A total of 4,615 cards have been taken away by the CITB as part of an ongoing probe after the BBC’sNewsnight revealed in October that workers were paying cash to fraudulently pass CSCS tests.
Following the investigation, more than 6,000 candidates who had completed their health, safety and environment test and more than 2,000 people who had completed the site safety plus certificate were required to retake their test.
The Construction Skills Certification Scheme wrote to all the affected cardholders in November to tell them they needed to retake their tests.
They were given until 20 December to register or risk cancellation of their CSCS card.
Of those affected, a total of 5,480 did not register to retake their test and as a result their test result is now void. Of those individuals who have already used their test result to obtain a card, 4,615 cards have been revoked.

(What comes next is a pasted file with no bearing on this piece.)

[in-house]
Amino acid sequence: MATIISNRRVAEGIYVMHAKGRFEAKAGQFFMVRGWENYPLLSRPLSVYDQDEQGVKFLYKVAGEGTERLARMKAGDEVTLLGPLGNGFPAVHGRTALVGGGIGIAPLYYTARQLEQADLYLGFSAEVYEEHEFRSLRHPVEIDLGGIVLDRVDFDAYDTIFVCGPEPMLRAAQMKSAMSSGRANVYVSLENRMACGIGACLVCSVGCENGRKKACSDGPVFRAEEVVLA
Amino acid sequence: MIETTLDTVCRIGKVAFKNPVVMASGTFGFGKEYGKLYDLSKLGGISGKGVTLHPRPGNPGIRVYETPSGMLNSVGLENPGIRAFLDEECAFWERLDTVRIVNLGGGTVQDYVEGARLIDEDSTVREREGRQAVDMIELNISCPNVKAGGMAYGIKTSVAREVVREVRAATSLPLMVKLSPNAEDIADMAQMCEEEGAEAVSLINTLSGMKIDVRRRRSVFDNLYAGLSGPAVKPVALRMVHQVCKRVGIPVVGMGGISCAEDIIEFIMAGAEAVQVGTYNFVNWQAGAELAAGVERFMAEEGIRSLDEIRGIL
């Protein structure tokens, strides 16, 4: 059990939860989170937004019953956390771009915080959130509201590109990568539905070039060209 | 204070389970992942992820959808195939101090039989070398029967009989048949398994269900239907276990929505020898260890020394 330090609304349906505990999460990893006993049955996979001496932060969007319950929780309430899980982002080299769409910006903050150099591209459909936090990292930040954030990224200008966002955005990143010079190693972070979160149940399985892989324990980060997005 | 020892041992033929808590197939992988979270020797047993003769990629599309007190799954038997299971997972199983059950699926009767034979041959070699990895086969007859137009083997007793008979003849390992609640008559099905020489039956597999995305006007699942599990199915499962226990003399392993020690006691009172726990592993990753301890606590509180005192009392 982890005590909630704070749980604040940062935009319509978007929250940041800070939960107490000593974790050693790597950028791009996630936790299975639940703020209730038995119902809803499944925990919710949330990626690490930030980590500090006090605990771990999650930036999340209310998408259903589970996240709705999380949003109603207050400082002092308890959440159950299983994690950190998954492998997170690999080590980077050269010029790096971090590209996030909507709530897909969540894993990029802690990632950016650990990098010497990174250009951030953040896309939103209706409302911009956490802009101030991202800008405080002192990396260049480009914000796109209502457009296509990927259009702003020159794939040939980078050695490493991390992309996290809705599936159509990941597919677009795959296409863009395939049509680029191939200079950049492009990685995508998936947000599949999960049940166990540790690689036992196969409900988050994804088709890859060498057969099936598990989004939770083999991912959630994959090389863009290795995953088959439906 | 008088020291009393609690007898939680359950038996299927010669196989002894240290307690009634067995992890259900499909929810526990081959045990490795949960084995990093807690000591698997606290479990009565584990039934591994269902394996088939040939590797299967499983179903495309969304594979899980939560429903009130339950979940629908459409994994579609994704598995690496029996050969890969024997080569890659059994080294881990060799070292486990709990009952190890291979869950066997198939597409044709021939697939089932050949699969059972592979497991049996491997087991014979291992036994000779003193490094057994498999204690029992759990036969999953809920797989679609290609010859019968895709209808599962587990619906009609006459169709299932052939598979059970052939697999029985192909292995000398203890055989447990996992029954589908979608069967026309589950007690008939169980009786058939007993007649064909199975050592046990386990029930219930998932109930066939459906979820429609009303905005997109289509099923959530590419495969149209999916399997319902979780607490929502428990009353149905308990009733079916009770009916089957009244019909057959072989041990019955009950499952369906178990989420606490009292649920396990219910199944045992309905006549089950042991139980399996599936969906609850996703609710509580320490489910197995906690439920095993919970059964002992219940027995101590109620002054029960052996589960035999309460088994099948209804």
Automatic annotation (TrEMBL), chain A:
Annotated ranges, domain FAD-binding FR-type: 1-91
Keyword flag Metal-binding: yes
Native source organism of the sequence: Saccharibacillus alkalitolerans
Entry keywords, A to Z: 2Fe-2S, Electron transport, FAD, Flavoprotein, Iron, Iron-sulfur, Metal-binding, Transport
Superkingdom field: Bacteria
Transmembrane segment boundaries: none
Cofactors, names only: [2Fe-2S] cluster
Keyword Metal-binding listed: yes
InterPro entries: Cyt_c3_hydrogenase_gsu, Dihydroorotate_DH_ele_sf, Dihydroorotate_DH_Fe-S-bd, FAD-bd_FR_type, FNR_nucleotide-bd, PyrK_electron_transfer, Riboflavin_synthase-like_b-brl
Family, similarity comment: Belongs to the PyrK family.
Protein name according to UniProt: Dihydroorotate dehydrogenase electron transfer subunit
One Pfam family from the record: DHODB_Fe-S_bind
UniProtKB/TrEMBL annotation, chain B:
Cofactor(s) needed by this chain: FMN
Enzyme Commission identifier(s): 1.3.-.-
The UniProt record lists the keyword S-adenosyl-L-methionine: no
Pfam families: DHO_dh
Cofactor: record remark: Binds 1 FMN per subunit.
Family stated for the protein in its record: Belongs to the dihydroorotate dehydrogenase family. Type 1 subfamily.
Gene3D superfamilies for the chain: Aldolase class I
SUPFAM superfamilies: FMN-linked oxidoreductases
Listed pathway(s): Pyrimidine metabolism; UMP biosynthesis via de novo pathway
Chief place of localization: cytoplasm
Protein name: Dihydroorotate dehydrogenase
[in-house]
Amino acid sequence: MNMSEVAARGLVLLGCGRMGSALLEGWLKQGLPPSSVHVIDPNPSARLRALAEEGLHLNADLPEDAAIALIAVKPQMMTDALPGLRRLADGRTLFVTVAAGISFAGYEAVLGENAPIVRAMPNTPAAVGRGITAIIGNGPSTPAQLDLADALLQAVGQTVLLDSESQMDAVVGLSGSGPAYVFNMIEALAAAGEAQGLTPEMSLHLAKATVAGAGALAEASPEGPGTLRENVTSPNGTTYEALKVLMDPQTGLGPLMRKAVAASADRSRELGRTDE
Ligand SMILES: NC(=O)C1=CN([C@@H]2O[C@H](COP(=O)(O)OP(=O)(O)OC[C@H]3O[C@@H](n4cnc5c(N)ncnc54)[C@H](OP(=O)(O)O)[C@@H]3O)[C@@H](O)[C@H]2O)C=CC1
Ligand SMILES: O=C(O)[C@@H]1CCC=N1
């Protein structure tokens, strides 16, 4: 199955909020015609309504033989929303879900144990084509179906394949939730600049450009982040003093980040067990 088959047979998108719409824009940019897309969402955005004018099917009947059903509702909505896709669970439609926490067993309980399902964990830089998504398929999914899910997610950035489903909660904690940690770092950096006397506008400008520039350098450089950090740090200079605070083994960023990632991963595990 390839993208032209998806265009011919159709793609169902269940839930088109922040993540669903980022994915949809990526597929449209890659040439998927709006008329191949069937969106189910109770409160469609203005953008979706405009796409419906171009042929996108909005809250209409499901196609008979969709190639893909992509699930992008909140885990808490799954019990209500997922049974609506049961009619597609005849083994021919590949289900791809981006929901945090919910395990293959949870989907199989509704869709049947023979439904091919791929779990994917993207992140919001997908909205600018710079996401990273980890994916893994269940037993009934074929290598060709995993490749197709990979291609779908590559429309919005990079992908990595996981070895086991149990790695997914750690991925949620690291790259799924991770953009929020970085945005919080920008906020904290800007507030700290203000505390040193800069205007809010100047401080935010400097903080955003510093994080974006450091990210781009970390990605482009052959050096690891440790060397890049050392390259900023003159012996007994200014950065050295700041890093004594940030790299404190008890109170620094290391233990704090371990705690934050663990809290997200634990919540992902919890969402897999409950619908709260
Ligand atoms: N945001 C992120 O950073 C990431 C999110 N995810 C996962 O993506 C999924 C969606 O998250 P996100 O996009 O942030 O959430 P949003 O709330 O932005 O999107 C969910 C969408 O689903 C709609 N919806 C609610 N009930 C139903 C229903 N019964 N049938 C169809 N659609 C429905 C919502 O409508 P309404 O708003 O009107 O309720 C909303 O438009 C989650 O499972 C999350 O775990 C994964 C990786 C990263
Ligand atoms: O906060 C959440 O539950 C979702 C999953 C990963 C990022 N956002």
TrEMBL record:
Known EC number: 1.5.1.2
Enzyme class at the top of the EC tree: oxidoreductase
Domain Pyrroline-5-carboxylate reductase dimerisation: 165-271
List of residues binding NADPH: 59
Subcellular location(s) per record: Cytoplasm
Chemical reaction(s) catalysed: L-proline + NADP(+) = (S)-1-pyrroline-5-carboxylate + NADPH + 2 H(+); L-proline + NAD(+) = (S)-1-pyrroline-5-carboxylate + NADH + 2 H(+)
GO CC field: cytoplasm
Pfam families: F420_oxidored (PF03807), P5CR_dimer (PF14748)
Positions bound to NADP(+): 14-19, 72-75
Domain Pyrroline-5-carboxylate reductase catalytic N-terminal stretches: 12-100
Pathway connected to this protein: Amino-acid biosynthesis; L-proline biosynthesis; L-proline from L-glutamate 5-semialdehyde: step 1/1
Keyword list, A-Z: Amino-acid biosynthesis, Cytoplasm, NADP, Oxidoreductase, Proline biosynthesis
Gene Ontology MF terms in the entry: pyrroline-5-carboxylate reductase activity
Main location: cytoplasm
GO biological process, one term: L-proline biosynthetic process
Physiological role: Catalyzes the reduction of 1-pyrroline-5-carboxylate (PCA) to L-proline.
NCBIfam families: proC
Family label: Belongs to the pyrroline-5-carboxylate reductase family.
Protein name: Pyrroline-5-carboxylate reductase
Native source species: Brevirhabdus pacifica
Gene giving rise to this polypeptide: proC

The 553 remaining candidates have until the 14 February to pass their tests before their cards are also revoked.
CSCS chief executive Graham Wren said: “We take assurance that CITB’s in-depth analysis was accurate.
“While we accept that some people have been inconvenienced, we have kept this to a minimum and removed unsafe cards from circulation.
“We are urging employers to check the validity of all cards by either electronically reading the CSCS SmartCard or by using ‘Card Checker’ via the CITB website, to make sure that invalid cards are not permitted on site.”
He added: “While the number of people suspected of fraudulent activity is relatively small, compared to the 400,000 cards issued each year, this type of behaviour has the potential to undermine legitimate employees and harm the reputation of the industry.
“It is important employers are able to trust the training and qualification providers as well as the card certification schemes carrying the CSCS logo.”